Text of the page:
Here’s what Al wrote almost five years later, on April 19, 1967, upon Reck’s death. Notice that there is no time element. It’s not a Christmas story – yet.

April 19, 1967, Alfred Reck

Here we have all the main elements: The dying boy, the peaches and City Editor Alfred P. Reck, ordering Al to overcome all sorts of difficulties in obtaining them. Notice that in this version of the story the peaches are from New Zealand – which is exactly what was reported April 23, 1958:

April 23, 1958, David Robello

The Robello family placed a classified ad in the Oakland Tribune requesting help in getting peaches for their son David, who was dying of a kidney infection, the result of rheumatic fever.

An amateur radio operator named John Aldredge saw the ad, took up the project and after 15 hours of trying to contact someone, found a fellow ham in New Zealand who began arrangements to send peaches to the U.S. at his own expense.

Notice that there is a Christmas element to this story: the death of Robello’s stepfather “shortly before Christmas.”

But it’s not until 1986  — 28 years later — that the tale of the boy and his peaches became a Christmas story.

Dec. 25, 1986, Al Martinez
Writing on Dec. 25, 1986, in The Times Westside edition, Al recounted the peaches story – but he set it at Christmas.

Perhaps Al conflated the stories about Ronnie Calvert, the boy dying of leukemia who craved watermelons in December 1948, and David Robello, the dying youth who craved peaches around Easter 1958.

Perhaps he took artistic license and set it at Christmas.

Or perhaps after 28 years, the details had faded from his memory. I can say from personal experience that after writing thousands of posts about Los Angeles crime that it’s impossible to remember them all and that the details can erode — which is why newspapers have clip files and why reporters ought to refer to them before writing anything.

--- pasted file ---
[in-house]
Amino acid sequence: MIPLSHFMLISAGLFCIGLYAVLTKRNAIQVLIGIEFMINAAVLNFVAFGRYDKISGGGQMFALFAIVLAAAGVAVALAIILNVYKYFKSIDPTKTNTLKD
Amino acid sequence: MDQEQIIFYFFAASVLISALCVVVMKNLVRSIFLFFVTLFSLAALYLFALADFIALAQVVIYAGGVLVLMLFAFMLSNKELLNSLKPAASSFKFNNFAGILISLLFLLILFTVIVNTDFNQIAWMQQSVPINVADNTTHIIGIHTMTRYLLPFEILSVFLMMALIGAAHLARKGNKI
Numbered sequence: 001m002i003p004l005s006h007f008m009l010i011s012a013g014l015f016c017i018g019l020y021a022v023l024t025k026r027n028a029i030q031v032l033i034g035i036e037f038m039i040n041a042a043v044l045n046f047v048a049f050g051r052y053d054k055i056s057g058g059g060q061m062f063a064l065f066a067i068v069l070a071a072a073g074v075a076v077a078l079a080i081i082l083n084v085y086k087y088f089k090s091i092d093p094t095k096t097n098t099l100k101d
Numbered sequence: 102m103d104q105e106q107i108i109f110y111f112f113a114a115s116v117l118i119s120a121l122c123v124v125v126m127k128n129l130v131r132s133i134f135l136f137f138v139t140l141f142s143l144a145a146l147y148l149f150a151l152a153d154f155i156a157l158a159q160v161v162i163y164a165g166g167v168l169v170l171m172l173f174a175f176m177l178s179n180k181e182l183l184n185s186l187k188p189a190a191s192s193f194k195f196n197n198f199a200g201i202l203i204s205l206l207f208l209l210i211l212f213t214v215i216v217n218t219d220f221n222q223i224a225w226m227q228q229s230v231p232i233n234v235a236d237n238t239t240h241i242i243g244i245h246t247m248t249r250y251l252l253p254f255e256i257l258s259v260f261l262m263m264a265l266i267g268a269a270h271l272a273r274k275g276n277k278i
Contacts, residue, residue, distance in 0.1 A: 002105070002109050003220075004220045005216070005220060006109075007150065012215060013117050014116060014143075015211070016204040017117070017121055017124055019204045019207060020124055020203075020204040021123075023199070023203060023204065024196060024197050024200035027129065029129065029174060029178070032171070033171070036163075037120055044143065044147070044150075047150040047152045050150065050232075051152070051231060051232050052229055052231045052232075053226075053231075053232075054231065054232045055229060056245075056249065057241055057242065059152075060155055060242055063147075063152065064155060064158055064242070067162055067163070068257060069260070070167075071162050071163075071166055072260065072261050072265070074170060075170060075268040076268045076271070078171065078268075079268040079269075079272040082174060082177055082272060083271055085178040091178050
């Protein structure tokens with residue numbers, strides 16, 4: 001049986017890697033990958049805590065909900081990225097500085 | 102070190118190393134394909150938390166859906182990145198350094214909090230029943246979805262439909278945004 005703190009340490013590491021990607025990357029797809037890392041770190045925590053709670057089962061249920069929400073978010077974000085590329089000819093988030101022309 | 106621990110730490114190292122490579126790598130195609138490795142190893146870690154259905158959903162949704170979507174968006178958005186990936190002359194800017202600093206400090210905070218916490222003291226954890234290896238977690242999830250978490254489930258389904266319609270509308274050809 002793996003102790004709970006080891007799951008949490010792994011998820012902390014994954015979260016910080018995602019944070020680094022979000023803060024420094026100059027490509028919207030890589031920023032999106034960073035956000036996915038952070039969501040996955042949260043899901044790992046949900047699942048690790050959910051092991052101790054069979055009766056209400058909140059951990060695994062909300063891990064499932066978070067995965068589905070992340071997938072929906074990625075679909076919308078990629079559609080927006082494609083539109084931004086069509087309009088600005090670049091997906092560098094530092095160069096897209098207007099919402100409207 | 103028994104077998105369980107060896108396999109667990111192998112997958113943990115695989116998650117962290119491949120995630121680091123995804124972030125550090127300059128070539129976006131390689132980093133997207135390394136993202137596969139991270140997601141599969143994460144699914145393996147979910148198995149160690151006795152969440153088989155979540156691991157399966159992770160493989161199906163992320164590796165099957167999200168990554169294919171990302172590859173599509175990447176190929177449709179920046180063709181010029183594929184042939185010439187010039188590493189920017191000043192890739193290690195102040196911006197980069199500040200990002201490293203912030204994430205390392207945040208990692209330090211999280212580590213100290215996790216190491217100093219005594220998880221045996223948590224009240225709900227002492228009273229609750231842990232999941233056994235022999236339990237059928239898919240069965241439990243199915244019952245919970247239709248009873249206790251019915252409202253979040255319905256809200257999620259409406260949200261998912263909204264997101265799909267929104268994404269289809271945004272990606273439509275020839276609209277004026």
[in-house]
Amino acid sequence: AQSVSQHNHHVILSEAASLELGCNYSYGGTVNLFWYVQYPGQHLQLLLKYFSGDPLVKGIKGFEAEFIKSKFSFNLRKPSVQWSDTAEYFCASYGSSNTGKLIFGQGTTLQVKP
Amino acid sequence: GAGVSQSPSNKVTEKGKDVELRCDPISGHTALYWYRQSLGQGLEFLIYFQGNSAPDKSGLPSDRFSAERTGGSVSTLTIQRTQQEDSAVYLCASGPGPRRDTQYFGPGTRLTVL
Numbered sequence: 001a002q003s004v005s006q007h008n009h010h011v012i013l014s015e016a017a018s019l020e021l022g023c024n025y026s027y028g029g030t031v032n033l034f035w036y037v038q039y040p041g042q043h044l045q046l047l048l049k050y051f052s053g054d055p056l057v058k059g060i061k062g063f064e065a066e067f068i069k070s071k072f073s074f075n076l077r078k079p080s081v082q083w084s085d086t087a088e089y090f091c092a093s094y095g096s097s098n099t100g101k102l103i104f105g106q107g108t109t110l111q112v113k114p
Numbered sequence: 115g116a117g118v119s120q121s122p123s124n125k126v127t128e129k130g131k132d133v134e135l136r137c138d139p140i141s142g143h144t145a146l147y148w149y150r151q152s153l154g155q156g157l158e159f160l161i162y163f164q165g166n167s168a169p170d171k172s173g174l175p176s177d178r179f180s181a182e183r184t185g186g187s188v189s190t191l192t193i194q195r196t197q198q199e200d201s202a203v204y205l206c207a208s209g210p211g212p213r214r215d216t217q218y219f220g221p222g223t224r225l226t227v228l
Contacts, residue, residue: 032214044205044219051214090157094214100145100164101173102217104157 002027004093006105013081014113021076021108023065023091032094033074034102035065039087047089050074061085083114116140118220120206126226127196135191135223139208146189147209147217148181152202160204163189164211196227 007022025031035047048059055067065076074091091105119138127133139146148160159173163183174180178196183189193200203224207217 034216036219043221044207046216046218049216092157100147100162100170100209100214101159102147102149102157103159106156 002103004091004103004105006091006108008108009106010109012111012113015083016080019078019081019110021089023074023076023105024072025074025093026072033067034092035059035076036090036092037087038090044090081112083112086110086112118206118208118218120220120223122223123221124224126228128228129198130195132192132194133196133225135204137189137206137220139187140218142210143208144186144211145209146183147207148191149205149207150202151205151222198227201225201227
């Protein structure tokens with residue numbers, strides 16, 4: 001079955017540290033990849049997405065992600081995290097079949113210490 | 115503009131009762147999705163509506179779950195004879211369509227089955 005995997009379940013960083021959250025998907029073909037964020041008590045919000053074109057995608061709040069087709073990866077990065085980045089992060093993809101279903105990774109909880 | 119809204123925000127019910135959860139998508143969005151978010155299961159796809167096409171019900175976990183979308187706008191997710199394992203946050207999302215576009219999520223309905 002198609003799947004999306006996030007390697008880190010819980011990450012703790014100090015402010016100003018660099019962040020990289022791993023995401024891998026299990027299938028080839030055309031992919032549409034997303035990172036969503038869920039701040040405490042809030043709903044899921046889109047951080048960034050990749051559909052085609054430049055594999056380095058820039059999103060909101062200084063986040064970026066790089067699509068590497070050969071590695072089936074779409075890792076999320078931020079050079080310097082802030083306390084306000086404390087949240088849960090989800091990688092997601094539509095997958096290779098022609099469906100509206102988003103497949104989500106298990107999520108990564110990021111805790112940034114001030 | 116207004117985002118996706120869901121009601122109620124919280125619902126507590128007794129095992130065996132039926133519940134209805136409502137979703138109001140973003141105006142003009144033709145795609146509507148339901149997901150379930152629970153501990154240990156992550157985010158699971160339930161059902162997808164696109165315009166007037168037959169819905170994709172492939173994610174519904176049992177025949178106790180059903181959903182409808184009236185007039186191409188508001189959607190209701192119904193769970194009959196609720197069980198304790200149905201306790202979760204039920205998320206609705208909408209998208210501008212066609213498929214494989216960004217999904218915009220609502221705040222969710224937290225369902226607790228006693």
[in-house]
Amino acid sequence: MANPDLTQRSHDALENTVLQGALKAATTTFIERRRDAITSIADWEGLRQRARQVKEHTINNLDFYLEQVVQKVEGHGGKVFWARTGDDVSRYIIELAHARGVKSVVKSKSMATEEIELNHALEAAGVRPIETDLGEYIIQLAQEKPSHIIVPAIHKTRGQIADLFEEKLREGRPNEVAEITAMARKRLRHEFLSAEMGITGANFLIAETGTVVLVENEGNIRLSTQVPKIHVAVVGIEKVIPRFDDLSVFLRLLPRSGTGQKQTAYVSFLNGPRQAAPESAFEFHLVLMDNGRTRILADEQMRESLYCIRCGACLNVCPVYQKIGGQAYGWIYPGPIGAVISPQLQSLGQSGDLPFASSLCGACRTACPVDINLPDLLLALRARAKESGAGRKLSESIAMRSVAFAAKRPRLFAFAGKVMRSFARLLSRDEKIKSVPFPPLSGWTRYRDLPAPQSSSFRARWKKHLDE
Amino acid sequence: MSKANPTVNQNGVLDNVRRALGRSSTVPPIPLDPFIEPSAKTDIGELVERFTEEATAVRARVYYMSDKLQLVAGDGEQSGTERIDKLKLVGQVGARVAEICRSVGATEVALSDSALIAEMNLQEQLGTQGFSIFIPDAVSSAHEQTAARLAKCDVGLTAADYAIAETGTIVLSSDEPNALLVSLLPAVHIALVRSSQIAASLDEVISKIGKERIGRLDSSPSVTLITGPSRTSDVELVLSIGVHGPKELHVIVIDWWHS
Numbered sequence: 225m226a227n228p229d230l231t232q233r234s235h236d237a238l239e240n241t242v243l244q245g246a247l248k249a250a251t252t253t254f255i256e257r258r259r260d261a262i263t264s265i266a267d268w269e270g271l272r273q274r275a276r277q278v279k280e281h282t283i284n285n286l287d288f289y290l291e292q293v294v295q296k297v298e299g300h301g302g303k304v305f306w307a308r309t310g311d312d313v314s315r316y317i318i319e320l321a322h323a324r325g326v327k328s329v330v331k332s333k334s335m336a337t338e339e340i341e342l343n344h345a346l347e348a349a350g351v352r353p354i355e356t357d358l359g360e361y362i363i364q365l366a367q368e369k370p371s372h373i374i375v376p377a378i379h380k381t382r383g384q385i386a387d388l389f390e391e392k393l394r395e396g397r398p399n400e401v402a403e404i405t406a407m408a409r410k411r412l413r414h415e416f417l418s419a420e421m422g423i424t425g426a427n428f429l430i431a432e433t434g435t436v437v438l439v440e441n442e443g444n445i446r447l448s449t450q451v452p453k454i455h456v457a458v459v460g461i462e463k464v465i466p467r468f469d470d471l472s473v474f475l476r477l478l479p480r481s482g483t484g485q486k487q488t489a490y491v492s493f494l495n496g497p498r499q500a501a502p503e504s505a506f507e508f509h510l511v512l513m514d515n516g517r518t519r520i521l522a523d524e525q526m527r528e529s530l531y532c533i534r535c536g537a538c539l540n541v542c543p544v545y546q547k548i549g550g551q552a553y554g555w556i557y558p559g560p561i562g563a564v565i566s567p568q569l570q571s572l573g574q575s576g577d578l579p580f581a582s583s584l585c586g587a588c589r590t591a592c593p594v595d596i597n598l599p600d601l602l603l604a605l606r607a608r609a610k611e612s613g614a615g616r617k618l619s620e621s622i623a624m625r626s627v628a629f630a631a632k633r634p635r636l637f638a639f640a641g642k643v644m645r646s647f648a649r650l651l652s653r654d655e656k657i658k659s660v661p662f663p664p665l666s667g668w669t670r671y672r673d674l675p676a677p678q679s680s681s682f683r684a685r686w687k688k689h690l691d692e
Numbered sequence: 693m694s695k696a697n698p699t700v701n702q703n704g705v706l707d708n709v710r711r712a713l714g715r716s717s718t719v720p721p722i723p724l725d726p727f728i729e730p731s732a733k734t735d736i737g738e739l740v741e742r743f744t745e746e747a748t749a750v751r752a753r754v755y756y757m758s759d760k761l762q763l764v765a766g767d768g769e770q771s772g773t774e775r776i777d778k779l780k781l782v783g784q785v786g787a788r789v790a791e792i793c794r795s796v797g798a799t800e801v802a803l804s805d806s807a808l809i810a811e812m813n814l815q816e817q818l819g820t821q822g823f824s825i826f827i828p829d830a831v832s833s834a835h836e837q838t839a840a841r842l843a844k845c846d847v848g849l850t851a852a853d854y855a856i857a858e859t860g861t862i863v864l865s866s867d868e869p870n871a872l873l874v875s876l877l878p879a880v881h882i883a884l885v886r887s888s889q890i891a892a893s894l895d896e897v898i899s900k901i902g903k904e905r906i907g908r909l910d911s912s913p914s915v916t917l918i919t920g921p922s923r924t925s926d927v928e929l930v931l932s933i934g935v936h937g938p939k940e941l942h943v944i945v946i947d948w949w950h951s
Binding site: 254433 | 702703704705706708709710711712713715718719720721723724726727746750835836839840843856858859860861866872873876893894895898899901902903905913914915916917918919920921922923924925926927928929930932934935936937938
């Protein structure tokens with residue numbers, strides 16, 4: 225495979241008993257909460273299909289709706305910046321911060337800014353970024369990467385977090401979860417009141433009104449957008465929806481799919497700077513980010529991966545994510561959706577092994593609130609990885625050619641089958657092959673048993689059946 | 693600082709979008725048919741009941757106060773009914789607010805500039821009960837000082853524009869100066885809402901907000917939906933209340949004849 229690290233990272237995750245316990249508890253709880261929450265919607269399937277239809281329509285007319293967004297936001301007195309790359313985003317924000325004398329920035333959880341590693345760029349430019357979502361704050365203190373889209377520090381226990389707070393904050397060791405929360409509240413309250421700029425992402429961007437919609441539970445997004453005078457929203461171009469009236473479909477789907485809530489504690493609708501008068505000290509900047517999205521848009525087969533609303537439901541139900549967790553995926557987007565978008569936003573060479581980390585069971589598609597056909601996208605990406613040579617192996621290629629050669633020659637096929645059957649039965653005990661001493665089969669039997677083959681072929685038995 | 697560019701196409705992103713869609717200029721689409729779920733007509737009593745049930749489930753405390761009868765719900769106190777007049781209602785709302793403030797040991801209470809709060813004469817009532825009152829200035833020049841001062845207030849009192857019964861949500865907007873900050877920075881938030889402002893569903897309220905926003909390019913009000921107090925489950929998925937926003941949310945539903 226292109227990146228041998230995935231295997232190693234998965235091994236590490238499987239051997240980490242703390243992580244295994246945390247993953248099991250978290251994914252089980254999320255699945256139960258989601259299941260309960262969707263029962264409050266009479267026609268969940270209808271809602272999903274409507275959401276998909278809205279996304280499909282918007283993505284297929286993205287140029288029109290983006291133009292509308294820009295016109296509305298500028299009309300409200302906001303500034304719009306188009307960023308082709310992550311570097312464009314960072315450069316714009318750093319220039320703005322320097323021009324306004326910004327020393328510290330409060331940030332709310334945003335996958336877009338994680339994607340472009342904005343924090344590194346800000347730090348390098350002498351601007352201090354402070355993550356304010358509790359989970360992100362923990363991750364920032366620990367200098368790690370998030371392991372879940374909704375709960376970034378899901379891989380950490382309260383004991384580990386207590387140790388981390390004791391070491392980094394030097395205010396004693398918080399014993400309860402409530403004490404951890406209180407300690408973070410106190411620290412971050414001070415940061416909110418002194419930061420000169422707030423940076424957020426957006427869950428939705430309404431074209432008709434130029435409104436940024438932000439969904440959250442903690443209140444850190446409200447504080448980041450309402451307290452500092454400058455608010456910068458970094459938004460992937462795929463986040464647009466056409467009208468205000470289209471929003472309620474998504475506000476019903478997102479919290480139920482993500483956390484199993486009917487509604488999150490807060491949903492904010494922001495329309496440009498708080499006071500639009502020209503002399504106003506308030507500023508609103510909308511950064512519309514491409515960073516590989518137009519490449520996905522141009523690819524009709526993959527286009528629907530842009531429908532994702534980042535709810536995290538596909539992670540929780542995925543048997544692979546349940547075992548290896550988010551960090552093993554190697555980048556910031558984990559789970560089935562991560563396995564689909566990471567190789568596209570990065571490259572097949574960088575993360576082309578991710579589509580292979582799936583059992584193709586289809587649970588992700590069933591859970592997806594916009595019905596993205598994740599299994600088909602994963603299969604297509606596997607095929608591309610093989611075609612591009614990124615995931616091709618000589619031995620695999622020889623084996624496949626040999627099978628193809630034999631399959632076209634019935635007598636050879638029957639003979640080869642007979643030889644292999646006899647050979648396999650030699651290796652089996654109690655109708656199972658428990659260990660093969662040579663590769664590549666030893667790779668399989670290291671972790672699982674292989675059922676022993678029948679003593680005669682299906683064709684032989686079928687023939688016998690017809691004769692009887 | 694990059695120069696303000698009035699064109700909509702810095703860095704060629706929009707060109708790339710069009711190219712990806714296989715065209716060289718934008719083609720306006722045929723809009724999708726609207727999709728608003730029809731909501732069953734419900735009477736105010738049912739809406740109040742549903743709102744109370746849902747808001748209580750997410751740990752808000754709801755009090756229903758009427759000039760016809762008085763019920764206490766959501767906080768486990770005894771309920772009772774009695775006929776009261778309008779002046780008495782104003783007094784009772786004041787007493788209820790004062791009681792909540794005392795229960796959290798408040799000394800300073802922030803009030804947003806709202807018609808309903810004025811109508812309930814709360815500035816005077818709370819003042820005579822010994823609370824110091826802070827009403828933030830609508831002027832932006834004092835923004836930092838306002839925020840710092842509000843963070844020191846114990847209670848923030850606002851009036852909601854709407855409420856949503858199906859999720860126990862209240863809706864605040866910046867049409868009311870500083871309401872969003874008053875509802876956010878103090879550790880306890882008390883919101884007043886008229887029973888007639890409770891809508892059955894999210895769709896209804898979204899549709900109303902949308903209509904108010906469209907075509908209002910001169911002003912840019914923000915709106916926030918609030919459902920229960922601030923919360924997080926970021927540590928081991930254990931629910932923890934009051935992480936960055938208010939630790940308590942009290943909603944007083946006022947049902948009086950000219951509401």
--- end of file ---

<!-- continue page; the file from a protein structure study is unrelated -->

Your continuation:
Whatever the reason, the dying youth (Robello was 18) became a dying boy who had leukemia instead of a kidney infection – and it happened on Christmas Eve, all because of dauntless City Editor Alfred P. Reck.

Update: Al also wrote a version of the story, posted Dec. 24, 2011, at the Daily News of Los Angeles.

In his final version, Dec. 19, 2013,  Al repeated the story on L.A. Observed. It’s clear from even the slightest glance that Al wrote the story from memory rather than referring to his 1986 version and the story is changed even more – which is why reporters should always check the clips.

Although he was dying, Al responded to Russell’s questions:

“Hi, John. Good that you have questions. I do too, but 50 years later, nothing is clear. I did about three versions of the peaches story over the years, testing my memory on each one. It did happen, a story did appear in the Oakland Tribune (I wrote it) and the incident was very, very real. I don’t recall and I couldn’t clear up the details over the years, such as time and distances, but the basic piece stands. We did get peaches from Australia, Al Reck did have a home phone number for the Secretary of Agriculture and we did get the peaches to the boy. The story was a box on page one, and I had a copy of it for years; I still might have it packed away somewhere. If we used the boy’s name, I can’t remember it.”

And for the record:

April 28, 1958, David Robello

David Robello got his peaches, but they were from Peru. And it was five days later, with the first story appearing April 23, 1958, and the last on April 28, 1958.

And just as Al said, there were problems getting the peaches into the U.S.: “customs barriers and red tape were swiftly cleared away.”

Peaches, April 28, 1958.

The bottom line: The incident occurred more or less as Al described it, but five days were compressed into one day, the details were eroded and the Christmas element was wrong. In all, this is fairly typical of the tricks our memories play on us.

Still, Al’s lesson, “Get the kid his peaches,” may be a good one, at least if you are David Robello. The Oakland Tribune never reported his death. Nor can I find any record of him in the California Death Index. Maybe those peaches did the trick.

Rest in peace Al. Your reputation is untarnished – but when you get to that big city room in the sky, check the clips. OK?

About lmharnisch

I am retired from the Los Angeles Times